There are some problems with transferring assets before a bankruptcy filing.
First, there is a code
provision that says if you hide, destroy, or transfer assets to hinder or evade creditors that you are not entitled to get a discharge in bankruptcy.
Second, transfers within the past two years must be disclosed on your bankruptcy forms in the Statement of Financial Affairs. A transfer like this would probably be considered fraudulent.
Transfers to trusts within the past TEN years must be disclosed on your bankruptcy forms.
Transfers to an insider (related person, corporation, etc.) are particularly suspect.
Fraudulent transfers made prior to bankruptcy can be avoided during the bankruptcy by the trustee
(ie. the court can order the transfers rescinded so the estate gets the property).
In any situation, you would be looking at two years to wait before filing if you transferred the property and even then could be denied a discharge. In that time, you could probably be sued and the property recovered.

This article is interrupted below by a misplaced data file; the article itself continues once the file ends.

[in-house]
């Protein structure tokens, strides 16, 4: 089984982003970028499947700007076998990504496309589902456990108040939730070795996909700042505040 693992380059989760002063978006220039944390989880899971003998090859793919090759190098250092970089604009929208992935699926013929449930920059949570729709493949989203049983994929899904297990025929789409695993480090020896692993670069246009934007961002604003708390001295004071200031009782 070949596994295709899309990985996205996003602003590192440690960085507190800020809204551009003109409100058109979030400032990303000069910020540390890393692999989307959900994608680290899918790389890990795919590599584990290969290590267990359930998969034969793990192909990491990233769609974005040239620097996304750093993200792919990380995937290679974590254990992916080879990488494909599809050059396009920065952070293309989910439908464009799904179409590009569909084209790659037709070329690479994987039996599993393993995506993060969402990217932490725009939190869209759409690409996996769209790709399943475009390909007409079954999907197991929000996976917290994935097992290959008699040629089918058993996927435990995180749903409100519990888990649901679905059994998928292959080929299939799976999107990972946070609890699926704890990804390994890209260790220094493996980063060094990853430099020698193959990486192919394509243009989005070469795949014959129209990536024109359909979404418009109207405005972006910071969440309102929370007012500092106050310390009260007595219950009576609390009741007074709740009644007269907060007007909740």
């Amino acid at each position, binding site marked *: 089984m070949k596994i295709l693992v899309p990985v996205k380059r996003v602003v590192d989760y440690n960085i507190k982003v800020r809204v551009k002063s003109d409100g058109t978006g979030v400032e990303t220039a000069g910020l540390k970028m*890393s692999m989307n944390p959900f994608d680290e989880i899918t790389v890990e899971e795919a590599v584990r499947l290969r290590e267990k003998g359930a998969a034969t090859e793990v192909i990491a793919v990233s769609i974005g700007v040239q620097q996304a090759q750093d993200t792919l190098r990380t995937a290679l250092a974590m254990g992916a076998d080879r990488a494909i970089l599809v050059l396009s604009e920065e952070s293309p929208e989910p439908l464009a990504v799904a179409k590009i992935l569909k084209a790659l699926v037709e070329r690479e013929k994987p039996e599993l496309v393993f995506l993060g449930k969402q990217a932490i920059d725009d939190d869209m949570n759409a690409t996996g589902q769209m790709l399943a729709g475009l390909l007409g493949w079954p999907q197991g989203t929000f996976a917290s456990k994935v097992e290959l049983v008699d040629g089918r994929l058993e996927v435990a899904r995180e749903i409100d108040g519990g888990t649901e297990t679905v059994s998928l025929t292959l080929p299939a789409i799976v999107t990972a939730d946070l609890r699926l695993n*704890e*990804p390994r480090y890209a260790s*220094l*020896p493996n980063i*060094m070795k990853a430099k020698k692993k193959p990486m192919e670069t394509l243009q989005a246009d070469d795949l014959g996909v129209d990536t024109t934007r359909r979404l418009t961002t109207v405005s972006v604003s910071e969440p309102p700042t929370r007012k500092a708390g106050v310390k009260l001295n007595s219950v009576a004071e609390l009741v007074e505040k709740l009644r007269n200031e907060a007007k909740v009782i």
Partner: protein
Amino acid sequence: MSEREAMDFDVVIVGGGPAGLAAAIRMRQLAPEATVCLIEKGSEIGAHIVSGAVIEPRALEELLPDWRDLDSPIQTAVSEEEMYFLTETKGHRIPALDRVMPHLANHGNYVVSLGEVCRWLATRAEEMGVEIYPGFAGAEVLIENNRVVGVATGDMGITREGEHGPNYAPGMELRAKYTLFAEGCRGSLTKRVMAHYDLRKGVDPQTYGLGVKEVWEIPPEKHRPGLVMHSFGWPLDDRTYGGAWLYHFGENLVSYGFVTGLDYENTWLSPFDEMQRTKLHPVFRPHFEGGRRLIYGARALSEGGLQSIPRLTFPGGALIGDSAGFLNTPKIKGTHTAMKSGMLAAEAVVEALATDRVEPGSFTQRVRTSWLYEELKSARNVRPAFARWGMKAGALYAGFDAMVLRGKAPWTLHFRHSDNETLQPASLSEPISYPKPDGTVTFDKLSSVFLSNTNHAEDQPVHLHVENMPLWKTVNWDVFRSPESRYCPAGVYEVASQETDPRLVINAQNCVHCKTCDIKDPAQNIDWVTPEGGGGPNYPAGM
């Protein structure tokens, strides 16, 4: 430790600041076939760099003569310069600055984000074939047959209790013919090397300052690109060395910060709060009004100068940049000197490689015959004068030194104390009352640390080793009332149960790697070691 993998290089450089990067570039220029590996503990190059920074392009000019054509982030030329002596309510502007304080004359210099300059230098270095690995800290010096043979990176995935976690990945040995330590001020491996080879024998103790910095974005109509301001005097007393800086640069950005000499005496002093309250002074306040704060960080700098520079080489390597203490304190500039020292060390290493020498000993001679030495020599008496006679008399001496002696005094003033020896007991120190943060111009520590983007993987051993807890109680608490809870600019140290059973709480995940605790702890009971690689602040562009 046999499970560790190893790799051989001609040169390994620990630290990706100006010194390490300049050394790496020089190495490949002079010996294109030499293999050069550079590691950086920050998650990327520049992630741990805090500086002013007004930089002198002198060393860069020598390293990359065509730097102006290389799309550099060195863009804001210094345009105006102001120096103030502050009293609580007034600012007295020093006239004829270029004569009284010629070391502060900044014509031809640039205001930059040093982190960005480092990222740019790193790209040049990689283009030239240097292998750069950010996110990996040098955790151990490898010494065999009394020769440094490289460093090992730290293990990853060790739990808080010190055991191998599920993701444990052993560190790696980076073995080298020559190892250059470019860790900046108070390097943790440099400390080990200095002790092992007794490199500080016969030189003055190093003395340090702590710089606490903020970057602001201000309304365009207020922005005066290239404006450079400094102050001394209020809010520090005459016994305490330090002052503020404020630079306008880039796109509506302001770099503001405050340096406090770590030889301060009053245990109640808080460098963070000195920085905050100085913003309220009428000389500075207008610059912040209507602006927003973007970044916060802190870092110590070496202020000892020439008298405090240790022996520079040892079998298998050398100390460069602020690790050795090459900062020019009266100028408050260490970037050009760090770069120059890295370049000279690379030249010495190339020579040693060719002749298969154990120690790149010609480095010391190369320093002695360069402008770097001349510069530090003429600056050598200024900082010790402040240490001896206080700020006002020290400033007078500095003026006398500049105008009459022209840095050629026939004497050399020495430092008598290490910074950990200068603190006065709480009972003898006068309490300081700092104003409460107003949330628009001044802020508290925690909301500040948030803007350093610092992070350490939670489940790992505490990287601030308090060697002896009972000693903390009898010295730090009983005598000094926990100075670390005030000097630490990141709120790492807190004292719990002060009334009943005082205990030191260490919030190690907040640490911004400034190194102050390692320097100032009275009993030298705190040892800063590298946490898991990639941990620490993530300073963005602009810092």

There may be other ways to do a filing, I can't recommend it to you, but potentially converting the property into exempt assets. That is not considered fraudulent. However, even just your home is well over the exemption amount so it doesn't seem that there would be a way to work it out.
For unreasonable attorneys fees there are a number of other options that are potentially better than bankruptcy. Attorneys cannot legally charge unreasonable fees. There are public assistance services that help you with complaints against attorneys for excessive fees. Here is one from the Chicago Bar Association: CLICK HERE